Tag Archives: Insects

Insects in Stories

Lost in the details of plotting and penning realistic dialogue, it’s easy to forget about incidental details.

Such everyday activities as listening to music, watching television, eating food and making tea or coffee. I eventually realised that I hadn’t fed my Cornish Detective at all in Book 1 after the hundredth read through; he’d somehow lasted four months without food!

I attempt to round my stories out by including more of the senses than just seeing and hearing. If a character smells something out of place, it gives an immediacy to the scene. Someone who’s trying to keep their balance over a 50’ drop will create unease in the reader.

My main character is a country boy in tune with signs from Nature from having been raised as a farmer before becoming a policeman. He notices things a townie copper wouldn’t. In my WIP, he’s just inspecting a corpse found by a dog walker discarded in a roadside rock salt bin. Observing that the eyes are whole, though crawled upon by slow-moving winter flies, he deduces it was hidden the night before.

As any crime writer soon learns flies are crucial indicators of when someone went from living to dead. Maggot development can be accurately calculated.

My story is set at this time of year. It used to be that flies disappeared in winter, but with global warming, they’re still prevalent. I opened a window yesterday, to find a dozen flies sleeping in the frame gap, practically flattened; a couple took off as aerodynamic as squashed grapes, falling to the floor to shake warmth into their wings. It’s not true hibernation and is known as diapause…the flies slow their development and appetite until weather conditions improve or until a corpse lands nearby!

Flies, moths, ants, butterflies, beetles, bees, wasps, hornets and cicadas have appeared in my stories. Not to forget the arachnid spider. One main character realised which way his quarry had gone by noticing a spider rebuilding its web across a door frame.

It’s estimated that there are 10,000 insects for every human being on Earth, so it would be surprising if they didn’t appear in fiction! To put it another way, there are 1.5 million insect species adding up to 10 quintillion individuals.

Authors have been anthropomorphising insects for years:

Insects In Fiction (38 books)

How do you use insects in your stories?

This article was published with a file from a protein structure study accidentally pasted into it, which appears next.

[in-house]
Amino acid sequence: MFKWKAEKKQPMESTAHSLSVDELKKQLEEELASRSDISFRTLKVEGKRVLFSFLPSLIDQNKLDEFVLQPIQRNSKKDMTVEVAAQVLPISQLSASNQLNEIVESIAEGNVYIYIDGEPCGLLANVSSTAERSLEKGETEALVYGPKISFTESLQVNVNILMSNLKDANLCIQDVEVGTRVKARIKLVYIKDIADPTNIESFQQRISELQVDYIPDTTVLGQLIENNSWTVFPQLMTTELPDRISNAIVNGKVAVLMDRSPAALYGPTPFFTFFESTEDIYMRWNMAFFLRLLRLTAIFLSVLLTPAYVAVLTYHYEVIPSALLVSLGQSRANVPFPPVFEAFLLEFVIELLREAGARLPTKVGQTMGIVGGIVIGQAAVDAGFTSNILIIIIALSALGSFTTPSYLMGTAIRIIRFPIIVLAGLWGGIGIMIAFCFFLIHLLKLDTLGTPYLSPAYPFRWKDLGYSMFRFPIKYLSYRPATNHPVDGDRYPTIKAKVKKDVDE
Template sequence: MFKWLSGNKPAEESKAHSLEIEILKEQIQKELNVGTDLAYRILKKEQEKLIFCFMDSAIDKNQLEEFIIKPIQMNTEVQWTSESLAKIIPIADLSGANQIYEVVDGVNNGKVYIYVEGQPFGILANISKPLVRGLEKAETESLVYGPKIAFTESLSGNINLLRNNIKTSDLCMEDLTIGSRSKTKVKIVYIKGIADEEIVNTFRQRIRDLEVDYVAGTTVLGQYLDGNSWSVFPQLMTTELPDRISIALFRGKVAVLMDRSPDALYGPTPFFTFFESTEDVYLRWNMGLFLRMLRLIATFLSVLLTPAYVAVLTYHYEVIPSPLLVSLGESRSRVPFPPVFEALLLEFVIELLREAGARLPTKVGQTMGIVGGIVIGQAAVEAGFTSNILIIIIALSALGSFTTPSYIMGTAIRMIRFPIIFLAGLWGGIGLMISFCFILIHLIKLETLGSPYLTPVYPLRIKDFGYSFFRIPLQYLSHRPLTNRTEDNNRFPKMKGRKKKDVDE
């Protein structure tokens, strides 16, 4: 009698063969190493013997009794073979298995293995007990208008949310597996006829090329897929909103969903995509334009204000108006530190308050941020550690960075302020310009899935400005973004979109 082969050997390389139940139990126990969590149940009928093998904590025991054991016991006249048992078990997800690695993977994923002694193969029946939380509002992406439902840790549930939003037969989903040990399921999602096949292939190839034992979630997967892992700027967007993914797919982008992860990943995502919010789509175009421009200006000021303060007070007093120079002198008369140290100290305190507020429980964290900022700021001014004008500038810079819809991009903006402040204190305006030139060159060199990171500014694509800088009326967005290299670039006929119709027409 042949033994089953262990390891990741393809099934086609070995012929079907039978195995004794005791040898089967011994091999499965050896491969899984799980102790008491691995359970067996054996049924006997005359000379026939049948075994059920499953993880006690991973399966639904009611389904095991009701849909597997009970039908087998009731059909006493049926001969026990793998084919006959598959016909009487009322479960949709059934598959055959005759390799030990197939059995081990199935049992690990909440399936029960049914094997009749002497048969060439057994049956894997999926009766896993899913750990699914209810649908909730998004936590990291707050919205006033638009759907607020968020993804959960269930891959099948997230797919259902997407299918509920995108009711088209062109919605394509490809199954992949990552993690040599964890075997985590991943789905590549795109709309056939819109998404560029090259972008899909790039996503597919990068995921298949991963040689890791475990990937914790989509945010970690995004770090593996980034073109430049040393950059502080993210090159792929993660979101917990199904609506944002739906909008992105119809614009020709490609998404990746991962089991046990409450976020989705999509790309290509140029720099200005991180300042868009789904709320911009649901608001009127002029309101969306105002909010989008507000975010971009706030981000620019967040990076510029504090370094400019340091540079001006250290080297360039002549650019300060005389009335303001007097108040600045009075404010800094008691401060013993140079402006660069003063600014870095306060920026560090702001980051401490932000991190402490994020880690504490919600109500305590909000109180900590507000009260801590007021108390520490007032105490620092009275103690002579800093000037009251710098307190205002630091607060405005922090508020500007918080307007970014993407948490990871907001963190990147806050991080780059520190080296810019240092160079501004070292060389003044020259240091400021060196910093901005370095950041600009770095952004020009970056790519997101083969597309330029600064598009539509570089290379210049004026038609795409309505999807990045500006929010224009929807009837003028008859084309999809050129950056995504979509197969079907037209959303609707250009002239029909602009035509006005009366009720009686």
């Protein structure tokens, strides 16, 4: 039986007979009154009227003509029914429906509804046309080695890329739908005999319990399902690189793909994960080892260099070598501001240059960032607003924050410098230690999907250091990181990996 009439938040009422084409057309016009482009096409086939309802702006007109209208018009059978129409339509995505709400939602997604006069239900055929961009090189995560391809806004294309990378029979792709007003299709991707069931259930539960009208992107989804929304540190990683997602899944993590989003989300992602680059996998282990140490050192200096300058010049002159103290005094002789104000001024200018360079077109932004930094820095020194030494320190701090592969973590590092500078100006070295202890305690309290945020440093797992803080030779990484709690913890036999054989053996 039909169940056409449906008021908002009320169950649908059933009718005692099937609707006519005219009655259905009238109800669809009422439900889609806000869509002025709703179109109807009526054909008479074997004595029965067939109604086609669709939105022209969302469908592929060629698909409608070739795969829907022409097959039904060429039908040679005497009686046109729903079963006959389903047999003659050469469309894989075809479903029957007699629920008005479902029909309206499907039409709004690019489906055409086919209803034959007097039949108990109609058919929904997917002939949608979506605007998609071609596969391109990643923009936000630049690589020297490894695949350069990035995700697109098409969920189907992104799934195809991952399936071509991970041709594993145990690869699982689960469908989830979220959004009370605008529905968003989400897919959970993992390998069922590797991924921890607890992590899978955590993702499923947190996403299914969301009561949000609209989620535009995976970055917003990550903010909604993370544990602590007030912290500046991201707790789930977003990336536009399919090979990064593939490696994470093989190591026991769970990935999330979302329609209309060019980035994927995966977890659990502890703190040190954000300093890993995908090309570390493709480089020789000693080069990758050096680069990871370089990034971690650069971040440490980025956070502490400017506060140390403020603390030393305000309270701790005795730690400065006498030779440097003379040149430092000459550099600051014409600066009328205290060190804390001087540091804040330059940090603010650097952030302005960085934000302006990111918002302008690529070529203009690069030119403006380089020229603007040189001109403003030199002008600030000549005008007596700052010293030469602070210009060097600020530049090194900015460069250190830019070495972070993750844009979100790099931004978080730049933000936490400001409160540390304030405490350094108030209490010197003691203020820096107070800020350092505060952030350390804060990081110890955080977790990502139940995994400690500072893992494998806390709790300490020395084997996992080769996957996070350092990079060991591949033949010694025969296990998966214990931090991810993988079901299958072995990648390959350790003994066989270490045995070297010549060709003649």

Try saying this quickly a few times:

Bookmarks—what do you use?

This article in the Guardian shows some unusual objects used as bookmarks:


I abhor the practice of turning over the corners of pages to mark where someone left off reading. I also get annoyed when previous readers have left written comments on the page, as I was brought up to value and look after books. I can just about see the point of making useful notes in a textbook, and it’s something that I’ve done with Haynes workshop manuals for cars and motorcycles when I’ve found a better way of doing a repair.

Image result for bookmark cartoon

Although I’m able to remember the number of a page, where I left off reading, for, after all, it’s only one number, I tend to use postcards as markers these days—such as when I have four books on the go at the same time. These cards include a greetings card with a charming message from a friend, as well as some American rustic postcards from Wyoming that a photographer sent me. I’ve been known to use squares of tissue paper, though it’s been a while since I had a proper leather bookmark with tassels.

Librarians are always finding bookmarks, and usually, keep a box of them under the counter— just in case a reader asks for their return. When I worked as a librarian, I sometimes found things that we most definitely did not keep. You may find it hard to believe, but these included slices of bacon (cooked and uncooked), condoms (used and unused), combs, straws, razor blades, cocktail sticks, matches and paper-clips. Weirdest of all was a squashed army of woodlice, which I think are known as pillbugs in America. Their flattened corpses marked the reader’s progress through the book. This slaughter had been deliberately done, as the reader left a message declaring her hatred for woodlice beside her last victim!

Image result for woodlice